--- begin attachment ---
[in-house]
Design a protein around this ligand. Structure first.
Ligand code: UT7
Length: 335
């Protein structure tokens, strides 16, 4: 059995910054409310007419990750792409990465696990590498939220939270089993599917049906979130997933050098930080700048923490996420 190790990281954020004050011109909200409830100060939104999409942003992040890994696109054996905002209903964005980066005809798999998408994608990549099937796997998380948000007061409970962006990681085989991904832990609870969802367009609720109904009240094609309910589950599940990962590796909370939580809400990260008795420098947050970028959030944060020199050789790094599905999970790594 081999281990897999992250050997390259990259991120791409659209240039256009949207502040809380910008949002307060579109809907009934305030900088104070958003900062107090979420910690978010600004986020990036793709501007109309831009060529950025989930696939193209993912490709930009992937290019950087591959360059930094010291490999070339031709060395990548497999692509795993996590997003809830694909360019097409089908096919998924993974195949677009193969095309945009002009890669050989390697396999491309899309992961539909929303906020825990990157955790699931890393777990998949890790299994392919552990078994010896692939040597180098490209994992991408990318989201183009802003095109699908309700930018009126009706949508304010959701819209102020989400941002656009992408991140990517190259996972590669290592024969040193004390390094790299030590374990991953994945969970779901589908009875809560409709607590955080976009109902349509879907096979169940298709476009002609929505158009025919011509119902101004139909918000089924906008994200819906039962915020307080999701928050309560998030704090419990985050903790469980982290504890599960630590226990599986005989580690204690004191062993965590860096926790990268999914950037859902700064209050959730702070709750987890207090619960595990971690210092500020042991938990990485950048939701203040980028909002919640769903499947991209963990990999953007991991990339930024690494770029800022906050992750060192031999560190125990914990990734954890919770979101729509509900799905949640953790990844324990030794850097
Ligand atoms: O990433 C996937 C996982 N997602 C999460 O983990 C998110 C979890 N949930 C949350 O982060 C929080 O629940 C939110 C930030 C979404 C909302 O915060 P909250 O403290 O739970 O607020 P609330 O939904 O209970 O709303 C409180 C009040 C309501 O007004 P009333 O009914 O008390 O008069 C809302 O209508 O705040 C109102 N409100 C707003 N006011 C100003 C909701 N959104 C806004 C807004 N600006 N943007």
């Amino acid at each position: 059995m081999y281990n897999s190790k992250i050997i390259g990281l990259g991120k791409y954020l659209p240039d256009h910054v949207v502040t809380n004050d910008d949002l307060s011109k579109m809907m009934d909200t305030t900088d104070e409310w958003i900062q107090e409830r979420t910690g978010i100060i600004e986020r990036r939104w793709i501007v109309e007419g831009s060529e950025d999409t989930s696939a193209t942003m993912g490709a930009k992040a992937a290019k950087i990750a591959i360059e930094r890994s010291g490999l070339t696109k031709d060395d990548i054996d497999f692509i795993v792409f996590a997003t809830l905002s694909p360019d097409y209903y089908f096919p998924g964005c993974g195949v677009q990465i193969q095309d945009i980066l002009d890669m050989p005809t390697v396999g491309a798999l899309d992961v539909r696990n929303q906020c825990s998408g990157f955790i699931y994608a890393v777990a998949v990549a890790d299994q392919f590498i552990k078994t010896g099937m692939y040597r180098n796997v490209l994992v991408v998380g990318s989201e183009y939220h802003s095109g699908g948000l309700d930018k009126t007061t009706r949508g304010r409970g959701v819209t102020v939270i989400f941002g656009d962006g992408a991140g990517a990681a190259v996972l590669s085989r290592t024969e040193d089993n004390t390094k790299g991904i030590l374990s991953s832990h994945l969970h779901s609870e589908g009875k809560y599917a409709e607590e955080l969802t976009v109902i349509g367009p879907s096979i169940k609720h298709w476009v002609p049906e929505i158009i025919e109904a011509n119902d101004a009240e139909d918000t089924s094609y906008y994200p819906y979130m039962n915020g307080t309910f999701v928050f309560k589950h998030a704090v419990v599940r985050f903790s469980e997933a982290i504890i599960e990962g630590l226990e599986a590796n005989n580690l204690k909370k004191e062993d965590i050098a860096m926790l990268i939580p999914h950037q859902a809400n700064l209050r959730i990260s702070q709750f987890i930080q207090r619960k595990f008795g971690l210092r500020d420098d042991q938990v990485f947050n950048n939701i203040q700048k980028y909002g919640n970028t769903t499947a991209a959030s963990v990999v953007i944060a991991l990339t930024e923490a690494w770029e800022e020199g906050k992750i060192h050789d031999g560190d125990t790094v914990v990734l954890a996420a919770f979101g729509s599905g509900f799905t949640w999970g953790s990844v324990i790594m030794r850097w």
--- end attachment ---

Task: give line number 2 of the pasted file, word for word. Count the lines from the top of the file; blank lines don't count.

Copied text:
Design a protein around this ligand. Structure first.